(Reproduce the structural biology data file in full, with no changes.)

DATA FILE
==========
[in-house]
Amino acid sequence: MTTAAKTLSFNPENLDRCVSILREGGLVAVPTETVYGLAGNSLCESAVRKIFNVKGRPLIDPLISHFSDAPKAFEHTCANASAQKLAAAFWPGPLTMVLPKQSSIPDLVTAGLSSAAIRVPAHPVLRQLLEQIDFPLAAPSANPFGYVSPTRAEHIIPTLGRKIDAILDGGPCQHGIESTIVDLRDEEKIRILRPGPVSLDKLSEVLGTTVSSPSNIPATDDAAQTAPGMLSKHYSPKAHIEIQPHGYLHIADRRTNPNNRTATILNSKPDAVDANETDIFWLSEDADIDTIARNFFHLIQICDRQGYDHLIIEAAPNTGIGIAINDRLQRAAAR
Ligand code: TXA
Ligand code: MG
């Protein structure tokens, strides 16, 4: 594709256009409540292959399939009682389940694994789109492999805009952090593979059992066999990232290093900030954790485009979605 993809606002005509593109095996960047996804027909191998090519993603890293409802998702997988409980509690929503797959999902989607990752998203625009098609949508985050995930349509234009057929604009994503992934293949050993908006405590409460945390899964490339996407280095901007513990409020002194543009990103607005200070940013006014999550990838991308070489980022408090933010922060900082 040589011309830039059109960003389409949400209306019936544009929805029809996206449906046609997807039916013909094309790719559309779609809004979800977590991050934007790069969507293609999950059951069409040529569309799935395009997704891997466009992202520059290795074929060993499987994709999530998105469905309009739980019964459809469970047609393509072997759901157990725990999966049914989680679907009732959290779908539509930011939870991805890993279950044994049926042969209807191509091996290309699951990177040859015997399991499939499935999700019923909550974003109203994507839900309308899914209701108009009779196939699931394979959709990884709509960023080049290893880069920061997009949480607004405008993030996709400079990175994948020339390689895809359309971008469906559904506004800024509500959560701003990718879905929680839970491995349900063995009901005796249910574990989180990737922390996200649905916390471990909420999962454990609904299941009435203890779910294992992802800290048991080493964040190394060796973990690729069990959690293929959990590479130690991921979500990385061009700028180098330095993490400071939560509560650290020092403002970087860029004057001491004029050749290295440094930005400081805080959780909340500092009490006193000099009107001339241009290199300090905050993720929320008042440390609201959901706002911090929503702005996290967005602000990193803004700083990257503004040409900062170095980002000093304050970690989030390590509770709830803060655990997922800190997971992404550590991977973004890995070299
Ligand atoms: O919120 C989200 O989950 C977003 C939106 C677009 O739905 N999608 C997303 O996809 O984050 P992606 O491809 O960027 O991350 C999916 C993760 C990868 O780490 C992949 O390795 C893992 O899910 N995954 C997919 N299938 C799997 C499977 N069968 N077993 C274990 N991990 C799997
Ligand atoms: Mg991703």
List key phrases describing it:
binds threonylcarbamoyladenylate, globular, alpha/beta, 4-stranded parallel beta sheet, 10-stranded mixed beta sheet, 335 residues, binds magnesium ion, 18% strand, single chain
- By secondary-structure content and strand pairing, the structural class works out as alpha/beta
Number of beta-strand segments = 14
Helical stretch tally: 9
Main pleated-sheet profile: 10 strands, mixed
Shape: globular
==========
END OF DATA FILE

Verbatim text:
[in-house]
Amino acid sequence: MTTAAKTLSFNPENLDRCVSILREGGLVAVPTETVYGLAGNSLCESAVRKIFNVKGRPLIDPLISHFSDAPKAFEHTCANASAQKLAAAFWPGPLTMVLPKQSSIPDLVTAGLSSAAIRVPAHPVLRQLLEQIDFPLAAPSANPFGYVSPTRAEHIIPTLGRKIDAILDGGPCQHGIESTIVDLRDEEKIRILRPGPVSLDKLSEVLGTTVSSPSNIPATDDAAQTAPGMLSKHYSPKAHIEIQPHGYLHIADRRTNPNNRTATILNSKPDAVDANETDIFWLSEDADIDTIARNFFHLIQICDRQGYDHLIIEAAPNTGIGIAINDRLQRAAAR
Ligand code: TXA
Ligand code: MG
């Protein structure tokens, strides 16, 4: 594709256009409540292959399939009682389940694994789109492999805009952090593979059992066999990232290093900030954790485009979605 993809606002005509593109095996960047996804027909191998090519993603890293409802998702997988409980509690929503797959999902989607990752998203625009098609949508985050995930349509234009057929604009994503992934293949050993908006405590409460945390899964490339996407280095901007513990409020002194543009990103607005200070940013006014999550990838991308070489980022408090933010922060900082 040589011309830039059109960003389409949400209306019936544009929805029809996206449906046609997807039916013909094309790719559309779609809004979800977590991050934007790069969507293609999950059951069409040529569309799935395009997704891997466009992202520059290795074929060993499987994709999530998105469905309009739980019964459809469970047609393509072997759901157990725990999966049914989680679907009732959290779908539509930011939870991805890993279950044994049926042969209807191509091996290309699951990177040859015997399991499939499935999700019923909550974003109203994507839900309308899914209701108009009779196939699931394979959709990884709509960023080049290893880069920061997009949480607004405008993030996709400079990175994948020339390689895809359309971008469906559904506004800024509500959560701003990718879905929680839970491995349900063995009901005796249910574990989180990737922390996200649905916390471990909420999962454990609904299941009435203890779910294992992802800290048991080493964040190394060796973990690729069990959690293929959990590479130690991921979500990385061009700028180098330095993490400071939560509560650290020092403002970087860029004057001491004029050749290295440094930005400081805080959780909340500092009490006193000099009107001339241009290199300090905050993720929320008042440390609201959901706002911090929503702005996290967005602000990193803004700083990257503004040409900062170095980002000093304050970690989030390590509770709830803060655990997922800190997971992404550590991977973004890995070299
Ligand atoms: O919120 C989200 O989950 C977003 C939106 C677009 O739905 N999608 C997303 O996809 O984050 P992606 O491809 O960027 O991350 C999916 C993760 C990868 O780490 C992949 O390795 C893992 O899910 N995954 C997919 N299938 C799997 C499977 N069968 N077993 C274990 N991990 C799997
Ligand atoms: Mg991703």
List key phrases describing it:
binds threonylcarbamoyladenylate, globular, alpha/beta, 4-stranded parallel beta sheet, 10-stranded mixed beta sheet, 335 residues, binds magnesium ion, 18% strand, single chain
- By secondary-structure content and strand pairing, the structural class works out as alpha/beta
Number of beta-strand segments = 14
Helical stretch tally: 9
Main pleated-sheet profile: 10 strands, mixed
Shape: globular